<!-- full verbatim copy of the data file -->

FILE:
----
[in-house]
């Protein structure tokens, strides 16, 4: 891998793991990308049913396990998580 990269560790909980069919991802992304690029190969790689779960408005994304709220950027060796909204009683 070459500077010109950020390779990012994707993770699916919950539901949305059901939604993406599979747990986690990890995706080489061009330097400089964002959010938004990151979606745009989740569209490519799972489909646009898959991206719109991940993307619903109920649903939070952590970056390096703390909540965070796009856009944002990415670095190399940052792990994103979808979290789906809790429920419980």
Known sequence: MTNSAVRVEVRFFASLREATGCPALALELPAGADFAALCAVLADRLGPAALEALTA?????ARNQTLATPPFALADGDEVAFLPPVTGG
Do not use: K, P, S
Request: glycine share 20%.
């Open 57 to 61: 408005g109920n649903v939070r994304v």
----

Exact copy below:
[in-house]
């Protein structure tokens, strides 16, 4: 891998793991990308049913396990998580 990269560790909980069919991802992304690029190969790689779960408005994304709220950027060796909204009683 070459500077010109950020390779990012994707993770699916919950539901949305059901939604993406599979747990986690990890995706080489061009330097400089964002959010938004990151979606745009989740569209490519799972489909646009898959991206719109991940993307619903109920649903939070952590970056390096703390909540965070796009856009944002990415670095190399940052792990994103979808979290789906809790429920419980």
Known sequence: MTNSAVRVEVRFFASLREATGCPALALELPAGADFAALCAVLADRLGPAALEALTA?????ARNQTLATPPFALADGDEVAFLPPVTGG
Do not use: K, P, S
Request: glycine share 20%.
């Open 57 to 61: 408005g109920n649903v939070r994304v």